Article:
EXCLUSIVE: How Sydney was spared a giant upside down hairdryer on the skyline after rejecting architect’s plans for a new museum
- Rejected designs for the yet-to-be built Powerhouse Museum have emerged
- The facility will move from its long-time home in the inner-city to Sydney’s west
- Museum will create more than 1,100 construction jobs, 2,400 indirect jobs
- One outlandish design proposal appears to resemble an upside down hairdryer
- Another shows a futuristic all-white design, which was also rejected by bosses
Sydney narrowly escaped a giant concrete hairdryer ruining its skyline after a controversial proposal for the Powerhouse Museum was passed over.
The museum is being moved from its inner-city location in Ultimo to Parramatta in a bid to ‘culturally transform’ the city’s west and create thousands of jobs.
The winning design was always bound to be controversial and has even been labelled a ‘monstrosity on stilts’ by the state opposition.
But concept art obtained exclusively by Daily Mail Australia proves the new riverside building could have been a lot more bizarre.
Steven Holl Architects in the US and Conrad Gargett from Australia proposed this design which resembles an upside down hairdryer (pictured), as the new Powerhouse Museum
NSW state government planners were inundated with 74 concepts from 20 countries, with the winning plans drawn up by Australian’s Genton and the French-Japanese firm Moreau Kusunoki.
But perhaps the most outlandish design was entered by Steven Holl Architects in the United States and Australia’s Conrad Gargett.
Their space-age, ultra-modern concept combined a large cylinder shape on the bottom level with a tall, upright rectangle towering into the air – not unlike the common bathroom appliance.
Another proposal that was rejected by the international panel of judges was an all-white Utopian design.
Put forward by Australian architecture firms CHROFI and Reko Rennie, the futuristic concept looks like something out of a sci-fi movie, with tall rectangular columns.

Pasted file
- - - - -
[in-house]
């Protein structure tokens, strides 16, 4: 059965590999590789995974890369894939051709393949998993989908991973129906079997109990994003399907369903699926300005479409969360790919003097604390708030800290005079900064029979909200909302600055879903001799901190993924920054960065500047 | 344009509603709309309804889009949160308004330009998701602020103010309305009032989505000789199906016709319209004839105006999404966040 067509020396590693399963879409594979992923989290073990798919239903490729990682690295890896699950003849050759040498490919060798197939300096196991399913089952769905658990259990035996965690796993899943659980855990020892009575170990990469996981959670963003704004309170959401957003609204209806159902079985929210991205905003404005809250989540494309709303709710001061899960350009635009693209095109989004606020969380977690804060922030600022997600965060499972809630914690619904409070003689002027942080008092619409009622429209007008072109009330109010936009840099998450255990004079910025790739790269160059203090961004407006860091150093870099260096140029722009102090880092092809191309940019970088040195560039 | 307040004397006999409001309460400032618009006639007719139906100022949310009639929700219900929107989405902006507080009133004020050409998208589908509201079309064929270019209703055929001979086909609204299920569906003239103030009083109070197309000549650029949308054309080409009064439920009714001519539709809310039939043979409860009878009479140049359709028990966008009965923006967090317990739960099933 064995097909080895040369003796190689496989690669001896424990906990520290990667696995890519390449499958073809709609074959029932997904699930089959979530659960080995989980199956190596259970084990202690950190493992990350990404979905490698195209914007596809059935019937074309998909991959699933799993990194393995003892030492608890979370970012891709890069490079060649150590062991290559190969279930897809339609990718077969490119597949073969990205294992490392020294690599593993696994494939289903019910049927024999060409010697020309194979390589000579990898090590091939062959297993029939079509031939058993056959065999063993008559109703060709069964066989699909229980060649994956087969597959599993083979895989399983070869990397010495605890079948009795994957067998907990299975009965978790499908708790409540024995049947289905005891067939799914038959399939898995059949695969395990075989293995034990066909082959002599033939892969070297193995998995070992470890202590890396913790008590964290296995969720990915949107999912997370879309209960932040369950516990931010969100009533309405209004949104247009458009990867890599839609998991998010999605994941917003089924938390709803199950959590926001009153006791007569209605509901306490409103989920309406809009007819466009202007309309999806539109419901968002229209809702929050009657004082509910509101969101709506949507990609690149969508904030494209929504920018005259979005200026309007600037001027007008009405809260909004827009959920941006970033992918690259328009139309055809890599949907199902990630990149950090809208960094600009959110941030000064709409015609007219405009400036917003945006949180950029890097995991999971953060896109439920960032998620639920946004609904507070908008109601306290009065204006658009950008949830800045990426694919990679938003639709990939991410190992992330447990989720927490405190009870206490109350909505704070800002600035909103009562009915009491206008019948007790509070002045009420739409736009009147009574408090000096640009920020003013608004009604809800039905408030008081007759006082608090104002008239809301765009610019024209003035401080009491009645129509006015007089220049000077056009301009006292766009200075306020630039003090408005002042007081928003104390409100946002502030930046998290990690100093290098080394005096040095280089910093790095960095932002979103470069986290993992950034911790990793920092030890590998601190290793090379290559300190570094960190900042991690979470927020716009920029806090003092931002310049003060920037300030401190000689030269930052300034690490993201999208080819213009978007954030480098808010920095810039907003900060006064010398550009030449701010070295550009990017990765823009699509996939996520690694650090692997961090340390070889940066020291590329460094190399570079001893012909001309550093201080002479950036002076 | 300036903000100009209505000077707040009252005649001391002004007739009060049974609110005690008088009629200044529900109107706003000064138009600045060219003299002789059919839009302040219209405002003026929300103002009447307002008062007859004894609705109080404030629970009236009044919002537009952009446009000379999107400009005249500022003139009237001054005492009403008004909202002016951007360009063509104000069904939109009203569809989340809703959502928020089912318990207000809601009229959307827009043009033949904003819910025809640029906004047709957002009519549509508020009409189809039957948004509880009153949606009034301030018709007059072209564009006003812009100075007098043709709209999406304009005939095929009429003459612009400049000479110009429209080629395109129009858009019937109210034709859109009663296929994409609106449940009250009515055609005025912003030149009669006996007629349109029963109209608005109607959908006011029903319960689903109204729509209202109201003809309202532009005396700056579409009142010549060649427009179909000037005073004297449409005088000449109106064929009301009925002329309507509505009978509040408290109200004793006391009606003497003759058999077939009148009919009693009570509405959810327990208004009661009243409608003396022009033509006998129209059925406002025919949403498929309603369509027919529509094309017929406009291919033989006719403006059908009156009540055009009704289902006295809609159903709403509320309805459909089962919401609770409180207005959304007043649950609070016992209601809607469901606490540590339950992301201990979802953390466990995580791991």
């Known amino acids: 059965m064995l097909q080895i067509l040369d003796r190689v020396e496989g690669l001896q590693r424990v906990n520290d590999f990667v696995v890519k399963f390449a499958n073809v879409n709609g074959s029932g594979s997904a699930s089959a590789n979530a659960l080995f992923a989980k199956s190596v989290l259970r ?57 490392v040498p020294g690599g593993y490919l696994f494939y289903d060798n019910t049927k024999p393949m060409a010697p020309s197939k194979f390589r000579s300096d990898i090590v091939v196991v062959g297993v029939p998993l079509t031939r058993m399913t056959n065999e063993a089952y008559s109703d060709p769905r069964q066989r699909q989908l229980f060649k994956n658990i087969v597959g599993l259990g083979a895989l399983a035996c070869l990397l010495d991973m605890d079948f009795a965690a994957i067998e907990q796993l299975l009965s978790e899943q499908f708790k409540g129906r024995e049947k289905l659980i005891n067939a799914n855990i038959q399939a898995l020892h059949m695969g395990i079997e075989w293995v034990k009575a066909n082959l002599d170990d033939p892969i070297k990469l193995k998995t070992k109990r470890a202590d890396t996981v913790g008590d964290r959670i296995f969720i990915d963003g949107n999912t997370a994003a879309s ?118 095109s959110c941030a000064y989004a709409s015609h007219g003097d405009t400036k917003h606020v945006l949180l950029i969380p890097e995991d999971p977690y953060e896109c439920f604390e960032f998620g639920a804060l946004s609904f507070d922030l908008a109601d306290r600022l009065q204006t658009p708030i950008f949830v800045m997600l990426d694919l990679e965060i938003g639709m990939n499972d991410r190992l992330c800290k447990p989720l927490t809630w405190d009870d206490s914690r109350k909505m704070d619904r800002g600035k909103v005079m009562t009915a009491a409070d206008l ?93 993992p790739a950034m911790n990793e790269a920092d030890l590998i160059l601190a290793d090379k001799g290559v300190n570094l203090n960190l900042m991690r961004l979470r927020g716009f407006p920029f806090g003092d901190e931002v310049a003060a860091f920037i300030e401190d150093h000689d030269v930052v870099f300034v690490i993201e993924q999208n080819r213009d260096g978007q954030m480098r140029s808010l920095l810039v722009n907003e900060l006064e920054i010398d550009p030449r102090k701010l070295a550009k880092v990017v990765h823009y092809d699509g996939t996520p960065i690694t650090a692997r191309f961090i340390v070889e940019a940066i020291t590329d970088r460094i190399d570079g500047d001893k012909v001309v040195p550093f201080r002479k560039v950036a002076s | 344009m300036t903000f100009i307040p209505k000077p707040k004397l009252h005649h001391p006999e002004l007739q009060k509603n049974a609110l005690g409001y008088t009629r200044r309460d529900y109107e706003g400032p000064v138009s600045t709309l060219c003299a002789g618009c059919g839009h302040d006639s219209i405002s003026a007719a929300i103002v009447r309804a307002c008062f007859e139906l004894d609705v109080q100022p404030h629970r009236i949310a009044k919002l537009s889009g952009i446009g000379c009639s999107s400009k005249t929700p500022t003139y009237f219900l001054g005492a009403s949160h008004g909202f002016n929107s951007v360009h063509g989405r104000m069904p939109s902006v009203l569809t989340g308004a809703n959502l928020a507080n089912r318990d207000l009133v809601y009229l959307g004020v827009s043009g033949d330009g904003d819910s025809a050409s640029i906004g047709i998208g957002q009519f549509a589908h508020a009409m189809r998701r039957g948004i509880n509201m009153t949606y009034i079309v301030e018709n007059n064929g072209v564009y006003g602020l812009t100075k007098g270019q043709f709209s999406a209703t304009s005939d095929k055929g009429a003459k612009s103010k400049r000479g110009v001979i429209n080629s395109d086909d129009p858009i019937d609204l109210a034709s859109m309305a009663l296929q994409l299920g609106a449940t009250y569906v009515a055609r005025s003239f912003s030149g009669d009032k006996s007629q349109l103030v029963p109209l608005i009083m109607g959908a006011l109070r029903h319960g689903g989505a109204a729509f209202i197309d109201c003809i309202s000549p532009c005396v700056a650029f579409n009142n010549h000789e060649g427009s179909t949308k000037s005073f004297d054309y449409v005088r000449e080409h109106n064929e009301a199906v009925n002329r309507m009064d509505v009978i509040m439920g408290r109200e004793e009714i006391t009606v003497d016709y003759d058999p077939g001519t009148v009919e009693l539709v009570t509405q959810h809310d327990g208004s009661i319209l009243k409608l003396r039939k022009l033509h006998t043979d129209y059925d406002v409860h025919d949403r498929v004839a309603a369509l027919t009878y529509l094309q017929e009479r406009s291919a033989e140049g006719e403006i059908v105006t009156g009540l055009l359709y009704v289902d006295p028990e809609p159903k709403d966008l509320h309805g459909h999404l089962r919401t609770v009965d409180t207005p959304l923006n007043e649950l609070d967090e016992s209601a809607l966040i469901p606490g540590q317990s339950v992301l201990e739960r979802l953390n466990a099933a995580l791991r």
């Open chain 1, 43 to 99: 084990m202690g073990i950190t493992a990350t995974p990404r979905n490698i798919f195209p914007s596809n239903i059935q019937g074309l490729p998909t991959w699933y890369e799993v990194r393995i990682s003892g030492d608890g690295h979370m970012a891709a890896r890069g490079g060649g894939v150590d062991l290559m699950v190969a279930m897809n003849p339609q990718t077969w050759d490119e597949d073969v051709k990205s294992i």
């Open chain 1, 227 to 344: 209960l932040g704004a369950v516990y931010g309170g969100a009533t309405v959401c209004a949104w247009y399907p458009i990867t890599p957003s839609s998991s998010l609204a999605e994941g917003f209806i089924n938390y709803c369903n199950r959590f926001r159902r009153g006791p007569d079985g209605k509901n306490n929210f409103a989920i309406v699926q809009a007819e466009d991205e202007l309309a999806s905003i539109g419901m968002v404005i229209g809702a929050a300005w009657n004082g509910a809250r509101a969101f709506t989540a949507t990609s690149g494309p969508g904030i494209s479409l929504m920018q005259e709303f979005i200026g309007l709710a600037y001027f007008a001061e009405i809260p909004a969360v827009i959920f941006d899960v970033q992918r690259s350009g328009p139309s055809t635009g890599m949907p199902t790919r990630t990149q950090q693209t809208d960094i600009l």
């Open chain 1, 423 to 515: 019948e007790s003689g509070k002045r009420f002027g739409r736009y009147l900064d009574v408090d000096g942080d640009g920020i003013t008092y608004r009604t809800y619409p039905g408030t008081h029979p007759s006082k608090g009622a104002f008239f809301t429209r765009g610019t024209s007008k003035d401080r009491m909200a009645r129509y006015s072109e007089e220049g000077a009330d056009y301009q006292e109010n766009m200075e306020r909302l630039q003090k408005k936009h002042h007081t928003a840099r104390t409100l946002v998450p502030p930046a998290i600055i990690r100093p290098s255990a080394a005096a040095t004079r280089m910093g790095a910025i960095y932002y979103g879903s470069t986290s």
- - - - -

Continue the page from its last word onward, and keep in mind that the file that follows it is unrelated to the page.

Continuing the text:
The futuristic all-white concept looks like something out of a sci-fi movie, with tall rectangular columns (pictured). It was proposed by Australian architecture firms CHROFI and Reko Rennie
The winning plans were drawn up by Australian’s Genton and the French-Japanese firm Moreau Kusunoki (pictured). The project is set to be completed in 2023
Australia’s Scale Architecture and Brazil’s Bernardes Architecture also proposed a wild design using rich, earthy colours to match the landscape.
The blocky design used various green and brown shades to give the building a natural feel which blends into its surroundings.
An entry by the UK’s AL_A and Australia’s Architectus attempted to pull off the opposite effect.
The multicoloured design incorporates converging shapes and staggered level balconies which overlook the river and park below.
Australia’s Scale Architecture and Brazil’s Bernardes Architecture proposed a wild design using rich, earthy colours which blend into the surrounding landscape (pictured)
The multicoloured design which incorporates converging shapes and staggered level balconies was proposed by the UK’s AL_A and Australia’s Architectus (pictured)
Political observers were beginning to suspect the ambitious Parramatta Powerhouse move would be shelved as Australia falls into a recession as a result of the COVID-19 pandemic.
Earlier this week Premier Gladys Berejiklian pulled the pin on the $800 million rebuild of ANZ Stadium – at least until the coronavirus crisis is resolved.
But she remains determined to go ahead with the Powerhouse move, hailing its as a major job creator at a time of economic downturn.
According to Ms Berejiklian, the redevelopment will create more than 1,100 construction jobs in western Sydney, as well as 2,400 indirect jobs, and keep hundreds employed once it opens.
The new 15,000 square metre facility is set to be completed in 2023.
The iconic museum showcases an array of industrial technology artifacts ranging from decorative arts, science, communication, transport, costume, furniture, media, computer technology, space technology and steam engines.
There are over 400,000 pieces in the collection.